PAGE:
31 October 2016
How to Killjoy an Obesity display one #BodySpectacular at a time
My friend E puts on events and curates things, as is the modern way. Earlier this year she asked if I would like to talk about my book at something she was involved with at the Wellcome Collection in London. For those not in the know, the Wellcome Collection is one of the world's most august museums on medical history. They are very hot on art as a means of understanding medicine and bodies that have been medicalised. Like fat people.
I said yes, I was thrilled to have been asked, and also daunted. The exposure and support of this institution for my work is not to be sneezed at. I work outside of institutions mostly, partly because I value my independence, partly because I feel that I don't belong, and partly because I actually don't belong and would never normally be invited to take part. I said yes because I wanted to see what might happen and because I hoped it would be a good way of supporting the book.
Yet I was daunted. The way in which fat is framed throughout the institution and its sister organisations is very retrograde based on my experiences of rubbing up against it as a visitor and researcher. The public face of the institution's attitude to fat people is located in a display in their Medicine Now exhibit called Obesity. This consists of a sculpture, weight loss technology, diet books, audio recordings of anti-obesity proponents and a token fat woman, and objects implying that people have become less active and over-reliant on labour-saving devices. As a depiction of Obesity Epidemic rhetoric and medicalised obesity discourse, it is pitch perfect. I experience it as a hate zone.
I knew that I would be talking about my book in the lecture theatre on the night, but I also wanted to be in the Obesity gallery. I didn't feel that I could deliver a talk about my book without some comment about the display upstairs. I couldn’t ignore it. I have loathed that display since it was installed in 2007 and I want to see it change to reflect the realities of people like me, and to be approximately a hundred thousand times more critical of the discourse it currently represents.
So I proposed a dance that I would dance with Kay Hyatt in the Obesity gallery. We've been working on a piece that would be suitable, called 'But is it Healthy?' The people at the Wellcome Collection said yes. I said I would make a zine to contextualise the dance, and I did, it's called The Blob. I made some beats to dance to based on some recordings of fat feminists from 36 years ago. I wrote an article about the event for the paper.
I'm making it sound very easy, but the reality is not easy. Another friend, L, said that people would likely tell me how awesome I am, which is nice, but they might not be able to see the risk involved in dancing in such a space.
The risk is I am dancing in a hate zone and that most people are unlikely to understand what that might feel like. Even at this stage in my life it is hard. My hope is that dancing, being there, making a spectacle of myself, might help transform that space. Sometimes I feel hopeful and other times I think I am a fantasist and that nothing can stop the greed and ambition of the weight loss industry. I don't want to bellyache about it too much, it is an amazing privilege to be there at all, I'm so grateful for the invitation and care that has been extended towards me, but it is still complicated and sometimes it sends me into a spin.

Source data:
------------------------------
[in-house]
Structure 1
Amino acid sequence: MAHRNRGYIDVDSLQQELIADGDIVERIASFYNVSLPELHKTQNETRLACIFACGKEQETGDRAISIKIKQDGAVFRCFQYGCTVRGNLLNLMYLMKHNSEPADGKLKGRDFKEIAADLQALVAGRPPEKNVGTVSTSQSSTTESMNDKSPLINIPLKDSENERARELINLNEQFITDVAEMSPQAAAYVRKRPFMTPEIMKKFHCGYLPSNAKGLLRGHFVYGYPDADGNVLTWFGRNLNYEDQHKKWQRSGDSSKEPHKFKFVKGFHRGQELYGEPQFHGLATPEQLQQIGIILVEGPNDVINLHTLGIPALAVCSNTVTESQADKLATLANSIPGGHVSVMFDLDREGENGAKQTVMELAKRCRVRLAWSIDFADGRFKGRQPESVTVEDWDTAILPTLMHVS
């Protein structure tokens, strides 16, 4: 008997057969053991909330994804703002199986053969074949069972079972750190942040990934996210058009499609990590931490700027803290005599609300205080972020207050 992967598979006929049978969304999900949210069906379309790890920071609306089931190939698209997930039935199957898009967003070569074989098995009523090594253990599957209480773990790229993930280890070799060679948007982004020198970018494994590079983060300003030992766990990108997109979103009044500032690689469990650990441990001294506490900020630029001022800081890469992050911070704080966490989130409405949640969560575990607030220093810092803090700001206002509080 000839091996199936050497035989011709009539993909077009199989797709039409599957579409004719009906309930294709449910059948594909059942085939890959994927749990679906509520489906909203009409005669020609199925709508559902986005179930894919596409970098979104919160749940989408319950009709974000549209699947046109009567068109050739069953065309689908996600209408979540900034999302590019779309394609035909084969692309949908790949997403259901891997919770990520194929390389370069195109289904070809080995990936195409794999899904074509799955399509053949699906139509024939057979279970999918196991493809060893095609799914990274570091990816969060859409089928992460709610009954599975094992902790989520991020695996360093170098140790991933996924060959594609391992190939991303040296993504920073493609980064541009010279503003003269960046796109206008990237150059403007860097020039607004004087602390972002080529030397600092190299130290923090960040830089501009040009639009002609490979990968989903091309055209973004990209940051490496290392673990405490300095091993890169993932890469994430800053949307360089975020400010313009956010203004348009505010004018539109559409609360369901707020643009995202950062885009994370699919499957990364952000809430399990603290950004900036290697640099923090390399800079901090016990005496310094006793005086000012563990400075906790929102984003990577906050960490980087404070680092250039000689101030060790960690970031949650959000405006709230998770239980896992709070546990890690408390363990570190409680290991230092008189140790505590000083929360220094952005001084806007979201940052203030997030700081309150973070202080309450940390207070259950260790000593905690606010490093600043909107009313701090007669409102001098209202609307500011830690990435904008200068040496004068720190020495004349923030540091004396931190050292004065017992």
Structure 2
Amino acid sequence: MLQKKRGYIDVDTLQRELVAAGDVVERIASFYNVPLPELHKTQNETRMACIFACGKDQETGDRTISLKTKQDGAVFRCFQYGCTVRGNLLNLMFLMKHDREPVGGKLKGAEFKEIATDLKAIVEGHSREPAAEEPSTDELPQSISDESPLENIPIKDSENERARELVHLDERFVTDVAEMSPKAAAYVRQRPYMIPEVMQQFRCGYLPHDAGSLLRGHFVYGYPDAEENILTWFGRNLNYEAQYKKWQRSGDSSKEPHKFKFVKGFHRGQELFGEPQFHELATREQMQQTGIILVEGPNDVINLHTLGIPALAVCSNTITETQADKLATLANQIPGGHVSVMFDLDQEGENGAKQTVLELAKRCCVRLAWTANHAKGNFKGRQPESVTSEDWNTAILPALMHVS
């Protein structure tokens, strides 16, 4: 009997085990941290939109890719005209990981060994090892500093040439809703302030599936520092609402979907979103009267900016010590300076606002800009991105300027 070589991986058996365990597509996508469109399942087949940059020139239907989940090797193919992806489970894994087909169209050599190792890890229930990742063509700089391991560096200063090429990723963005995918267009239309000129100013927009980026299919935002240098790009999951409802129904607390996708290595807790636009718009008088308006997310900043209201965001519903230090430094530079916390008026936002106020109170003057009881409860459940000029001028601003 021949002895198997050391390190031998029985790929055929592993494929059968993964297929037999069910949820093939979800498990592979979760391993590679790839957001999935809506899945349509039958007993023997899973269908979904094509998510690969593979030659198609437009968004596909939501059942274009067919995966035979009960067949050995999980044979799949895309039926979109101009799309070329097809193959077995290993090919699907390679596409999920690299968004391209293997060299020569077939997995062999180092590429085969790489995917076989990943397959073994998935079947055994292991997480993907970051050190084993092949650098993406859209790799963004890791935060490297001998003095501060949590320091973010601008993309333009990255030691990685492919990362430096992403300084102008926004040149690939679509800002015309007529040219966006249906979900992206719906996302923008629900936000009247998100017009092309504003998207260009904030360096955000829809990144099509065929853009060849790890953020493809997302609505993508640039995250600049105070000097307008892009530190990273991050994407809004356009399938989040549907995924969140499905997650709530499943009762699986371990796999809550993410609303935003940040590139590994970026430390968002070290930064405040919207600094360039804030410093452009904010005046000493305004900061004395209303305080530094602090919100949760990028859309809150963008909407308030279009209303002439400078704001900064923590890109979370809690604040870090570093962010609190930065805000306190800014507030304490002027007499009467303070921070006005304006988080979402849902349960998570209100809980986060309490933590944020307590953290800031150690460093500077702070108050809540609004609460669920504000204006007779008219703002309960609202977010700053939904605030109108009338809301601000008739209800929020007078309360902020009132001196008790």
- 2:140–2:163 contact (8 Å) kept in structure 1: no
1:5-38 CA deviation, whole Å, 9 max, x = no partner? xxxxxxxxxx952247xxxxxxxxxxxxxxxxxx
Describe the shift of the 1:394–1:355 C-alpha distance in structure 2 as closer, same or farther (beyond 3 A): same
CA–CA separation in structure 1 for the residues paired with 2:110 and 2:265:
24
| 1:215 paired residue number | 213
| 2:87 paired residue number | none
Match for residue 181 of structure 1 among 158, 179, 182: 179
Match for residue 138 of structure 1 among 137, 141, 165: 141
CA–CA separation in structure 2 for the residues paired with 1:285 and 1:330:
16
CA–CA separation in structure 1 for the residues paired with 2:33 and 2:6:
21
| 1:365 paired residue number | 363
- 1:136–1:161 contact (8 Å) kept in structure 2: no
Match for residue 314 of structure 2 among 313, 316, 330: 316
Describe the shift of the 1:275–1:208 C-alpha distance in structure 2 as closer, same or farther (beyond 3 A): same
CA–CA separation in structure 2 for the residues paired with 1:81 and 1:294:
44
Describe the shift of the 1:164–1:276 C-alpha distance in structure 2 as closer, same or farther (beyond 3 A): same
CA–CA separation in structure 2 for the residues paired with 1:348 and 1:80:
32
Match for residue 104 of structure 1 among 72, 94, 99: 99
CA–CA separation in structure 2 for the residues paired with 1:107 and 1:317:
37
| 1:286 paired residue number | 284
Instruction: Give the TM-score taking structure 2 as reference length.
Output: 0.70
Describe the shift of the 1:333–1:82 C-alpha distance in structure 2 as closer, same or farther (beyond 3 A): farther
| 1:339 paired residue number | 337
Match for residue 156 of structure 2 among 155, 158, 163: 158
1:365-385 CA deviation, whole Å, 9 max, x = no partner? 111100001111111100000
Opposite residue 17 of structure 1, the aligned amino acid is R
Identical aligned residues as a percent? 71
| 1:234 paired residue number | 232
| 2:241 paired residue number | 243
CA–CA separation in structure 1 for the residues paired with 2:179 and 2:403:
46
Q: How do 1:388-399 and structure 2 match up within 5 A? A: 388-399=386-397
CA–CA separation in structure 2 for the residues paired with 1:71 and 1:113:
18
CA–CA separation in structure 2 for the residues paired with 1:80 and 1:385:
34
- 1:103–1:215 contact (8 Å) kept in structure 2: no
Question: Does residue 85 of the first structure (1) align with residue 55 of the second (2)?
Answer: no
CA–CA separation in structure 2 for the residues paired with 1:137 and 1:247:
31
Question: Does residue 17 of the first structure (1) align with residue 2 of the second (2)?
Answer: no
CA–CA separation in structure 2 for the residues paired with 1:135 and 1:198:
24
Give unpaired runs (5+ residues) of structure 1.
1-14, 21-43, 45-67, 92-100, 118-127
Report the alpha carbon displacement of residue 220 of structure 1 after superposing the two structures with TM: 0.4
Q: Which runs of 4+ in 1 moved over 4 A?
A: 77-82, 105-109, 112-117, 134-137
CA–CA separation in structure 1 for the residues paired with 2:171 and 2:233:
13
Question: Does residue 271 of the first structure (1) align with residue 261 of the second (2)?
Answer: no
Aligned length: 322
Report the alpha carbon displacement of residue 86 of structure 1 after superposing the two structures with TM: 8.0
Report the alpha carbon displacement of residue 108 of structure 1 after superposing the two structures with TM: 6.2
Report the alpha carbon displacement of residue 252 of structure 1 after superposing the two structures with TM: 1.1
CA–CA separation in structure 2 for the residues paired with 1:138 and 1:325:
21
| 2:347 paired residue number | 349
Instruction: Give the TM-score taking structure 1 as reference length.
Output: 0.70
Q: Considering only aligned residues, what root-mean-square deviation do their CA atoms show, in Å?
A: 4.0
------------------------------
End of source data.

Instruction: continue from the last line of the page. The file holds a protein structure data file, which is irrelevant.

Today we did a site visit, I was able to hear the music we will be dancing to in the space and we did a little bit of dancing when no one was looking. I am so moved by the fat feminists who made a path for us all those years ago. When I think of the risks I am taking I am humbled by those women who dared to speak before. They give me a lot of strength. It was amazing to hear them speaking today, to dance to their words which remain so relevant. I felt that I was part of something much bigger than me, that there are many other voices of refusal, not just voices but bodies. I'm not the only one to put myself in a risky place. Those others have given me a lot of courage, they remind me that I am not alone and that this risk is worth taking.
Anyway, here are all the details, downloads and links. Come along if you can but, if you can't, you can still read, watch and listen. My talk on the night will be audio recorded and put on the Wellcome website too.
Paper copies of my zine will be available at the event but you can also download a digital copy.
The Blob (.pdf 4mb)
But Is It Healthy Beats by Charlotte Cooper, featuring Diane Denne, Judy Freespirit, Aldebaran and Judith Stein recorded by Karen Stimson in 1980.
Guardian article (I didn't write that rather boastful title!): The rhetoric around obesity is toxic. So I created a new language for fat people
Wellcome Collection Friday Late Spectacular: Body Language
Friday 4 November 2016
Please note that you will have to book in advance through the Wellcome Collection website if you want to see me lecture, though this is free. The dance will take place around 9.30pm, no booking is required though these events tend to be extremely popular, so get there early.
Posted by Dr Charlotte Cooper at 18:14